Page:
This made me think a bit about how God’s care for those around me gets communicated through me. It’s a humbling thought, really. For example, my children will gain part of their image of God through what I teach them about God, objectively speaking. But the most lasting impressions of Him will come from how I treat them. How I love them. If they grow up feeling the care and love of their father, they will find it much easier to see how their heavenly Father loves them, too.

In truth, the same thing goes for all my other relationships. It’s true for my wife, for my friends and extended family, and for the brothers and sisters in my church community. When I stop and consider it, I mean really stop. And consider. This thought adds such weight and meaning to even the simplest moments with others. I am becoming a vehicle for the love of God, right there in the middle of every day, boring stuff. Pretty cool.


The Dancing God

February 26, 2007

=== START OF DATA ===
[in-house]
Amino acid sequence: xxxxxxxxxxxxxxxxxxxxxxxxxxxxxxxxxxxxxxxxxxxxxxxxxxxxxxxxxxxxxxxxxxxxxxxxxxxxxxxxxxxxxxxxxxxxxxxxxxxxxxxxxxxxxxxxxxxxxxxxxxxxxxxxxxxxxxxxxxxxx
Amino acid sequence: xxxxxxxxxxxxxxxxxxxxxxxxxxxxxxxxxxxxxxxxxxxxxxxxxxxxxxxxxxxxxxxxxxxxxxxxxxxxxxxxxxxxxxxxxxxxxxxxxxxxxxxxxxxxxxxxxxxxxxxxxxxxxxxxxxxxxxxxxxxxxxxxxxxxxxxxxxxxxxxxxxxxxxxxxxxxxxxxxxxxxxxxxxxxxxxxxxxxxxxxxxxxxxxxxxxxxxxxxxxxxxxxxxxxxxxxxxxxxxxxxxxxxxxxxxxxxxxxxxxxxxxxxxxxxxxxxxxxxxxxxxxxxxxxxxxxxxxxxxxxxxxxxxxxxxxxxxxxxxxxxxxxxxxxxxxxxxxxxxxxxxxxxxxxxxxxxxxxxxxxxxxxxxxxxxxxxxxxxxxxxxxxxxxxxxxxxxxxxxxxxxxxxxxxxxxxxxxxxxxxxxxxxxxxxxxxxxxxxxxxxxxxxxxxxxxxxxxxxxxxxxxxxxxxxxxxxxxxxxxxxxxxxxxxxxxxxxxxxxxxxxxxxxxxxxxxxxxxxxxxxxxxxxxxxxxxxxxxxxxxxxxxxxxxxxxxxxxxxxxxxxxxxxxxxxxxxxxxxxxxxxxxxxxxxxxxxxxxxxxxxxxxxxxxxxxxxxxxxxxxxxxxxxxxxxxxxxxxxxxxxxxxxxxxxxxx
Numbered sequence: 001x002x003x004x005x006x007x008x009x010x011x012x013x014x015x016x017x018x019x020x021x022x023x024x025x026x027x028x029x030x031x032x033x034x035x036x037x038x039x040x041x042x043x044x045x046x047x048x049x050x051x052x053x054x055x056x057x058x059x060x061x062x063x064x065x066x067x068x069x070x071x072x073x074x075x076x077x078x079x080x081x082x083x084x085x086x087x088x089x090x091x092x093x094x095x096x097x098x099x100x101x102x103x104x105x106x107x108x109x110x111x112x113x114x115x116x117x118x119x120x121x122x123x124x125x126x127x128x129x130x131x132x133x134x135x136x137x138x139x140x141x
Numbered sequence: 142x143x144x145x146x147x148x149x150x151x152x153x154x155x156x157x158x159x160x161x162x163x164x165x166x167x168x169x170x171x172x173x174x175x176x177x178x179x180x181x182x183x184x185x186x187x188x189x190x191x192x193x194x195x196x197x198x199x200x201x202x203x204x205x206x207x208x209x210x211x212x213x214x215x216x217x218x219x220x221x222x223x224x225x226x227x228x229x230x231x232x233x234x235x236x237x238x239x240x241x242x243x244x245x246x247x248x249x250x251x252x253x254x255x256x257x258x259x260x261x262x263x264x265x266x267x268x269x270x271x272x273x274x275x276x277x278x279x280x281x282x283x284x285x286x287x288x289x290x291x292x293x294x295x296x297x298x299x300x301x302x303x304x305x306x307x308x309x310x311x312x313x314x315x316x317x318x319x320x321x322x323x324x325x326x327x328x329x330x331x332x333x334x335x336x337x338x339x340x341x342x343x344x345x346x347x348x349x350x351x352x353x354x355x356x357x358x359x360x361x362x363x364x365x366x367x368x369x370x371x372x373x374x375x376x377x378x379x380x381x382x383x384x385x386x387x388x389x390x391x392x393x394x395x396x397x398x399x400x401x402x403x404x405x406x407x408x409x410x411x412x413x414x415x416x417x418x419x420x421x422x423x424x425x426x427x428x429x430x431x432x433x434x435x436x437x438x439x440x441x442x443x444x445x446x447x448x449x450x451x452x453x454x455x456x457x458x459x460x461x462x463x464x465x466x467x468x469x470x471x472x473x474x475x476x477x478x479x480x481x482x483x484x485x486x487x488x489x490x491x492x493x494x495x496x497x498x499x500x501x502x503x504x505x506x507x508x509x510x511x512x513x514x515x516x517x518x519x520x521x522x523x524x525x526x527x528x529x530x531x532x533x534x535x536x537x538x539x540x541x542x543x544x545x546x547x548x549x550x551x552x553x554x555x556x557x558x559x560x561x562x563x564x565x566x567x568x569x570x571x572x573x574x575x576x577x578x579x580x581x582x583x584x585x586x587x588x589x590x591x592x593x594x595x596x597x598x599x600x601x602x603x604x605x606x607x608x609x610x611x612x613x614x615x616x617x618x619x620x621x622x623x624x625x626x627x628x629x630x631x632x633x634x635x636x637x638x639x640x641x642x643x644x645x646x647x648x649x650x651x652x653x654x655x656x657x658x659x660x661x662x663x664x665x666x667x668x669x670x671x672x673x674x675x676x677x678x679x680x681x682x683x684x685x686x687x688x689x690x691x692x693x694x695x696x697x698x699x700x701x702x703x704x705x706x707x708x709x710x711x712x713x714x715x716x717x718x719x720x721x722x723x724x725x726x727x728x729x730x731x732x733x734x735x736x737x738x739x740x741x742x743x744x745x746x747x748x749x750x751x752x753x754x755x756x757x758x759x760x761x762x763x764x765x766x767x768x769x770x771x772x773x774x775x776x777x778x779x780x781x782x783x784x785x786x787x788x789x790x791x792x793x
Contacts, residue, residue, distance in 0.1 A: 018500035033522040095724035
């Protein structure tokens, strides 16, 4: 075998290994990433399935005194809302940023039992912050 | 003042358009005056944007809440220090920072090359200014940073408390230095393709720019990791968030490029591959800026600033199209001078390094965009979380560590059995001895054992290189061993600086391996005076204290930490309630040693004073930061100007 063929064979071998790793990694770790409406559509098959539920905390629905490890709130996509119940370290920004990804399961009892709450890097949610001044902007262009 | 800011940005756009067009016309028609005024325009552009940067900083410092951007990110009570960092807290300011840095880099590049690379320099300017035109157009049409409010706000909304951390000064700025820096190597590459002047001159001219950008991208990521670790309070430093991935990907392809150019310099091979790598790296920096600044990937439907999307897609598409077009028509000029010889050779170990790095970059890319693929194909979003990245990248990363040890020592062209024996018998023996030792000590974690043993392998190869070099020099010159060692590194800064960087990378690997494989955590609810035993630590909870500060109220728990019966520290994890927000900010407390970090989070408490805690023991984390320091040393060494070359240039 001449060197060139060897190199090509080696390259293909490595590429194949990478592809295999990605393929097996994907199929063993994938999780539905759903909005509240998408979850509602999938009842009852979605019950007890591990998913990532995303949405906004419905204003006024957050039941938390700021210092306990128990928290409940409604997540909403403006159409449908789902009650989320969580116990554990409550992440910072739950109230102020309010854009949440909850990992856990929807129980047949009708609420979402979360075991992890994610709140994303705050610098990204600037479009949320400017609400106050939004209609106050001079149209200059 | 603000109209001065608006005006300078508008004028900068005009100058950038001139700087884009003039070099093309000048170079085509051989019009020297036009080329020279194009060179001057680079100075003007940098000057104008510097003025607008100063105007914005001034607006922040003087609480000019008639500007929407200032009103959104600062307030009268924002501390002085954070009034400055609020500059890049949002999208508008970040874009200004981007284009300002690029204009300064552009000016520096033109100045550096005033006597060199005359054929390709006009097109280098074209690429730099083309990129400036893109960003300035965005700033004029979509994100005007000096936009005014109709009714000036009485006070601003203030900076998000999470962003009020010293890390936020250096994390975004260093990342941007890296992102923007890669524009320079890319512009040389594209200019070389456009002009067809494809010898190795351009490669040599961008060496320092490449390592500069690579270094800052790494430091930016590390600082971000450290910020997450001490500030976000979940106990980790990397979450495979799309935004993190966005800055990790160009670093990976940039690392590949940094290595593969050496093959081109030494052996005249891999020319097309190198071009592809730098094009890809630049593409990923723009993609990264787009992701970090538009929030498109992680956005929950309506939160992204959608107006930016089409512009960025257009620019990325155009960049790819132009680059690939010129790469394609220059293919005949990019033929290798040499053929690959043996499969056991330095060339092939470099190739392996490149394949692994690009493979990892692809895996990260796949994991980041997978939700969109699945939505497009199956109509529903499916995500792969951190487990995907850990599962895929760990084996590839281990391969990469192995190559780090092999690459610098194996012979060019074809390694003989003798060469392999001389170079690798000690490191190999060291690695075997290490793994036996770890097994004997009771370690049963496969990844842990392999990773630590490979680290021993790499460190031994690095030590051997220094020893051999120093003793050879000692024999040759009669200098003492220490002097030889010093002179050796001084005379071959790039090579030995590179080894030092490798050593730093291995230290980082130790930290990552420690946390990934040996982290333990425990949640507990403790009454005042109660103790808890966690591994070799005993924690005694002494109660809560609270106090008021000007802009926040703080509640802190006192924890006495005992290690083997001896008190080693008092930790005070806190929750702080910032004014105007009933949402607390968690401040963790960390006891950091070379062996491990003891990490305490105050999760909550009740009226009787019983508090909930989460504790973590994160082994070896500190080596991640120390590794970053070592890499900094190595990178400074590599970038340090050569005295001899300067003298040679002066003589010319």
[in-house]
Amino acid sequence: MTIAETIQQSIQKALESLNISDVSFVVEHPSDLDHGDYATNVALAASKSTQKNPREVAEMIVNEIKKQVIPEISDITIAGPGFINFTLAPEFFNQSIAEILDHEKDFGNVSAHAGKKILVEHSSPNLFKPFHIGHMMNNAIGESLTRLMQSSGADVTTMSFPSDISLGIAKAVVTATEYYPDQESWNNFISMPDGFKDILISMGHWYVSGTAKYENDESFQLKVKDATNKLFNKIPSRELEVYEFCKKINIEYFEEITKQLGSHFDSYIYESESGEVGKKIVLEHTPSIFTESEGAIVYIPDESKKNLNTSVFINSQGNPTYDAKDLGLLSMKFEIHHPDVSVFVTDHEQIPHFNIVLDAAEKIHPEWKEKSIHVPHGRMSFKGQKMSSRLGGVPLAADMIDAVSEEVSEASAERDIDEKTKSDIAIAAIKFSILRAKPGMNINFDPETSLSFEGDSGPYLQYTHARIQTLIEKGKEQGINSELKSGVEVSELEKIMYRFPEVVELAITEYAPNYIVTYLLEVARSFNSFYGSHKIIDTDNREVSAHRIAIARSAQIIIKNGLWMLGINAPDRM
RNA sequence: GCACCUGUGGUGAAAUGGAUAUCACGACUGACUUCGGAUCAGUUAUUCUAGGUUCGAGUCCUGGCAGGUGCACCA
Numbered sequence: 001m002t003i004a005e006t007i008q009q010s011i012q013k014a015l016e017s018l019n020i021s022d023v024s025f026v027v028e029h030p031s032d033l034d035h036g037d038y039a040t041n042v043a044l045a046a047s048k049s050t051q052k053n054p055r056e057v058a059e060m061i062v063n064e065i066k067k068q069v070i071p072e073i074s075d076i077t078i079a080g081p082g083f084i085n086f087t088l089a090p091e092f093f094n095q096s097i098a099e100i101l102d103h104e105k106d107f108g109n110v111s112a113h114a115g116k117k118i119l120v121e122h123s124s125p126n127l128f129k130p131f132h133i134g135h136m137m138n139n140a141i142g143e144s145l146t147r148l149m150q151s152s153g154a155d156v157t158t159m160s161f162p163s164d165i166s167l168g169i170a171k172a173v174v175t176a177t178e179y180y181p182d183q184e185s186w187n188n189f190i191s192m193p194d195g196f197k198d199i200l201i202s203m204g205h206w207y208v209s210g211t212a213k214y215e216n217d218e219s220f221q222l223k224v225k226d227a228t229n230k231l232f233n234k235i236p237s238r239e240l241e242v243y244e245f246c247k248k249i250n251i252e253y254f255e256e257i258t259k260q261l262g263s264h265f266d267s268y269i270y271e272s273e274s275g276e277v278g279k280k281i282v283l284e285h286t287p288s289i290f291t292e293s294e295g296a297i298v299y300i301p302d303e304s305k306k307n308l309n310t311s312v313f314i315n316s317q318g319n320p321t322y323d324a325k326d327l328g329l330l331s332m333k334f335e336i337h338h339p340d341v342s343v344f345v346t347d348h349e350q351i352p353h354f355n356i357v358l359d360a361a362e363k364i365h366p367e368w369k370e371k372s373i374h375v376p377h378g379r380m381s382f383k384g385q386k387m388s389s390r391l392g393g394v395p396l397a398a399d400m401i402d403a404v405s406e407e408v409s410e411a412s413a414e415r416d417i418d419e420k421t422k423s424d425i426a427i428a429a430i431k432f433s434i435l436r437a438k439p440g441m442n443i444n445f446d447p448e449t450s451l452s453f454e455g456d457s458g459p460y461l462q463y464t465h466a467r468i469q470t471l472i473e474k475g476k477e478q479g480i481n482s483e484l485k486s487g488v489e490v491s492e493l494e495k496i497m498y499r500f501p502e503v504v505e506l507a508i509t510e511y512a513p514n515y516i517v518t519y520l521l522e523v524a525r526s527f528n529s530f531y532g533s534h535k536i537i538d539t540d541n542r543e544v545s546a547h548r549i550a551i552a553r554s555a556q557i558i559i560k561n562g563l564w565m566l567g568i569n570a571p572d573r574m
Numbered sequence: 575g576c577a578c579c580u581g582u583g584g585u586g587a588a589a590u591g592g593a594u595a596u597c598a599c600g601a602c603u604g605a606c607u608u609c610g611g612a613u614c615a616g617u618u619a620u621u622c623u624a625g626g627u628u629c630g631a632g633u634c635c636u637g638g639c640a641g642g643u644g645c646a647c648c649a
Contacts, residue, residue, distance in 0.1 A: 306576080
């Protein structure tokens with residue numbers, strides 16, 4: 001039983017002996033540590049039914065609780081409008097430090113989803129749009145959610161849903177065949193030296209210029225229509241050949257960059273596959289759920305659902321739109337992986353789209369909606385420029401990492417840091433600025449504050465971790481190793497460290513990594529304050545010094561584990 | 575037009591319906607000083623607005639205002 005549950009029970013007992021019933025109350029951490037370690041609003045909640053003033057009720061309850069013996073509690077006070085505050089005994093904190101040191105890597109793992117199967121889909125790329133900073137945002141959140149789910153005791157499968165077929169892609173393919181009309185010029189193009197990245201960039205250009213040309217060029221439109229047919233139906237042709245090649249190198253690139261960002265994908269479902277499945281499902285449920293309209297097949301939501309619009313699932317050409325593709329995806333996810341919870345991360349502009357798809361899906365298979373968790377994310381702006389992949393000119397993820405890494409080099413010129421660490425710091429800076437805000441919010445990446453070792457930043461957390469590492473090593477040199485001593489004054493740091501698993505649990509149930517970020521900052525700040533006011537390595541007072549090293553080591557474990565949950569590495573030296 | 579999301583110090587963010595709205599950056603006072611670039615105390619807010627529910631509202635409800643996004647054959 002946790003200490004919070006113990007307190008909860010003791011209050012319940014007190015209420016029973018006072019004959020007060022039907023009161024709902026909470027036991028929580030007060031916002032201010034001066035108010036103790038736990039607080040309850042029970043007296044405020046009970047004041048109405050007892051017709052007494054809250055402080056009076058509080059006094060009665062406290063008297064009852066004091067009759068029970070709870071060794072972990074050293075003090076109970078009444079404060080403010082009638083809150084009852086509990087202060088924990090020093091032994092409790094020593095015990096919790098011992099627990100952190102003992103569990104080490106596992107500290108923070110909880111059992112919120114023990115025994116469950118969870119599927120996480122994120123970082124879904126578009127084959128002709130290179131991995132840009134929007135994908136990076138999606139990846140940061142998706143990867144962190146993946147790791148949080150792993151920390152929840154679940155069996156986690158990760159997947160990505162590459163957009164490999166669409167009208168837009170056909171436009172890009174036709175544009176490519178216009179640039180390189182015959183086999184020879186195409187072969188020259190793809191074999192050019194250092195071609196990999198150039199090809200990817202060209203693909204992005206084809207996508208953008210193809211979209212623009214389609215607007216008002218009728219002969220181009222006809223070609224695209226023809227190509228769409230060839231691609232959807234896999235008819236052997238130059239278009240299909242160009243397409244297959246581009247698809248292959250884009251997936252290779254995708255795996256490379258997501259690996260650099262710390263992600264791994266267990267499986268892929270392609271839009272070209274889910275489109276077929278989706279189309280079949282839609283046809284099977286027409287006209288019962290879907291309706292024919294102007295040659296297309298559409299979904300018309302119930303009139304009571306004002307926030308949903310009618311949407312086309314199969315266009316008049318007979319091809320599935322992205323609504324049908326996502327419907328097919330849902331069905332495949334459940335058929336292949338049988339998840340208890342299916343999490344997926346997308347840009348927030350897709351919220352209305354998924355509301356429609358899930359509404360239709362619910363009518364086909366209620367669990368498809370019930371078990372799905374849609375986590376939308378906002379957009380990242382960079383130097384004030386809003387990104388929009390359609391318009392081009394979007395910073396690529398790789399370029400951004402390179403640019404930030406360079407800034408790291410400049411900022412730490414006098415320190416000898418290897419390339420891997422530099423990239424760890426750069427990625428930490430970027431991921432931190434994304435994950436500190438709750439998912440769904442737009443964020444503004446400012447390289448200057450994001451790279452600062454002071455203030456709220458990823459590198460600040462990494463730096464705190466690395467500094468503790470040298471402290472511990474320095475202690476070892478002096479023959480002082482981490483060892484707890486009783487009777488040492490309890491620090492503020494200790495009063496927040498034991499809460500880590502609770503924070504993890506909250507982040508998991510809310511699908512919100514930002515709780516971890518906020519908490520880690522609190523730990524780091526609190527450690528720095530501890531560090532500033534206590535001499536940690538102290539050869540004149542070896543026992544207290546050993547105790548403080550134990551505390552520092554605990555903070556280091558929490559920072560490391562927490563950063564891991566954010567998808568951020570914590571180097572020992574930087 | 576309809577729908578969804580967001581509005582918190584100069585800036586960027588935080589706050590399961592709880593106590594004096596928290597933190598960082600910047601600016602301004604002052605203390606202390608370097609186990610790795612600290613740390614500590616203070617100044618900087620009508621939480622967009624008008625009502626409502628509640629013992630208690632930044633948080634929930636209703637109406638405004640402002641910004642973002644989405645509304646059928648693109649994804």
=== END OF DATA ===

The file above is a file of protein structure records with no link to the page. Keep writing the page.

Once again, I find that C.S. Lewis put his finger on things that I didn’t realize he had.

The words “God is Love” have no real meaning unless that one person contains at least two Persons. Love is something that one person has for another person. If God was a single person, then before the world was made, He was not love.

I came across this idea first in the writings of Norman Grubb. I’m sure the realization didn’t originate with either of these two British gents.

What both of them are saying is that if God is Love, then He must be plural. He must be a community of at least two. One person alone cannot be Love, because there must be an object for His affection other than Himself. As it turns out, our scriptures describe three persons of God. The Father and the Son we understand (sort of). But this third Person evades description. Trying to describe our God strains our language beyond what it can handle, because even our concept of a “person” leaves some things unexplained here. Lewis goes on to say:

God is not a static thing–not even a person–but a dynamic, pulsating activity, a life, almost a kind of drama. Almost, if you will not think me irreverent, a kind of dance. The union between the Father and the Son is such a live concrete thing that this union itself is also a Person.